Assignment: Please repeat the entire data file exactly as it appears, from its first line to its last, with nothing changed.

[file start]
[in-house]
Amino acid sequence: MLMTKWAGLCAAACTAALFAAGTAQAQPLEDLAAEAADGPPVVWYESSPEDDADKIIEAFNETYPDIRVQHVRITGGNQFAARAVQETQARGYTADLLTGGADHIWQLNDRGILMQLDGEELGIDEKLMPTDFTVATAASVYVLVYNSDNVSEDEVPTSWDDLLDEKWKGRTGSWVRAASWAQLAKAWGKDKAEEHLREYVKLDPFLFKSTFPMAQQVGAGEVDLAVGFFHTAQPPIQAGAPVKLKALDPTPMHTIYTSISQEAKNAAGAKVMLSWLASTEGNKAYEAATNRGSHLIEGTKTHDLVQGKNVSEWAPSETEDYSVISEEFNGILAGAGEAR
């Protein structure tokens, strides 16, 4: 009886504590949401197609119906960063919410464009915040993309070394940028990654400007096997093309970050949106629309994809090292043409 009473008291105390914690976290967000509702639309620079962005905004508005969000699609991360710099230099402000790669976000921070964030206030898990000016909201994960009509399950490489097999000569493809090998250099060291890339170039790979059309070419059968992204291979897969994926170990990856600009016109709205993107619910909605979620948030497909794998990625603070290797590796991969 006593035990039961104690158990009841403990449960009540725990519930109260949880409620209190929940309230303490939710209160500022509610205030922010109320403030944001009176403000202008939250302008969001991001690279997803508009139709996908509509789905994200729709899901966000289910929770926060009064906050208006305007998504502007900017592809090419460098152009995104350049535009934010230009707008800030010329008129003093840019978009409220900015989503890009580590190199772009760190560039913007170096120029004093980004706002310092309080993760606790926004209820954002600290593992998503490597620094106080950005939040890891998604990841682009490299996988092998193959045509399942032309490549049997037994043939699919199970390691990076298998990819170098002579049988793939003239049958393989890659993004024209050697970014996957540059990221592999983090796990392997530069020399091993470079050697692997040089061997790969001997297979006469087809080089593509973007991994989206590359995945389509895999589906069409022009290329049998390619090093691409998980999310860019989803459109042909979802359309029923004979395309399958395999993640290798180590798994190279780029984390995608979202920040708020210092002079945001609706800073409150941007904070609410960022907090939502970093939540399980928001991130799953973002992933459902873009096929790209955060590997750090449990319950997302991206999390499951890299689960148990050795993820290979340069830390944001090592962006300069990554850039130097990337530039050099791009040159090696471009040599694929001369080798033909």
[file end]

[in-house]
Amino acid sequence: MLMTKWAGLCAAACTAALFAAGTAQAQPLEDLAAEAADGPPVVWYESSPEDDADKIIEAFNETYPDIRVQHVRITGGNQFAARAVQETQARGYTADLLTGGADHIWQLNDRGILMQLDGEELGIDEKLMPTDFTVATAASVYVLVYNSDNVSEDEVPTSWDDLLDEKWKGRTGSWVRAASWAQLAKAWGKDKAEEHLREYVKLDPFLFKSTFPMAQQVGAGEVDLAVGFFHTAQPPIQAGAPVKLKALDPTPMHTIYTSISQEAKNAAGAKVMLSWLASTEGNKAYEAATNRGSHLIEGTKTHDLVQGKNVSEWAPSETEDYSVISEEFNGILAGAGEAR
């Protein structure tokens, strides 16, 4: 009886504590949401197609119906960063919410464009915040993309070394940028990654400007096997093309970050949106629309994809090292043409 009473008291105390914690976290967000509702639309620079962005905004508005969000699609991360710099230099402000790669976000921070964030206030898990000016909201994960009509399950490489097999000569493809090998250099060291890339170039790979059309070419059968992204291979897969994926170990990856600009016109709205993107619910909605979620948030497909794998990625603070290797590796991969 006593035990039961104690158990009841403990449960009540725990519930109260949880409620209190929940309230303490939710209160500022509610205030922010109320403030944001009176403000202008939250302008969001991001690279997803508009139709996908509509789905994200729709899901966000289910929770926060009064906050208006305007998504502007900017592809090419460098152009995104350049535009934010230009707008800030010329008129003093840019978009409220900015989503890009580590190199772009760190560039913007170096120029004093980004706002310092309080993760606790926004209820954002600290593992998503490597620094106080950005939040890891998604990841682009490299996988092998193959045509399942032309490549049997037994043939699919199970390691990076298998990819170098002579049988793939003239049958393989890659993004024209050697970014996957540059990221592999983090796990392997530069020399091993470079050697692997040089061997790969001997297979006469087809080089593509973007991994989206590359995945389509895999589906069409022009290329049998390619090093691409998980999310860019989803459109042909979802359309029923004979395309399958395999993640290798180590798994190279780029984390995608979202920040708020210092002079945001609706800073409150941007904070609410960022907090939502970093939540399980928001991130799953973002992933459902873009096929790209955060590997750090449990319950997302991206999390499951890299689960148990050795993820290979340069830390944001090592962006300069990554850039130097990337530039050099791009040159090696471009040599694929001369080798033909």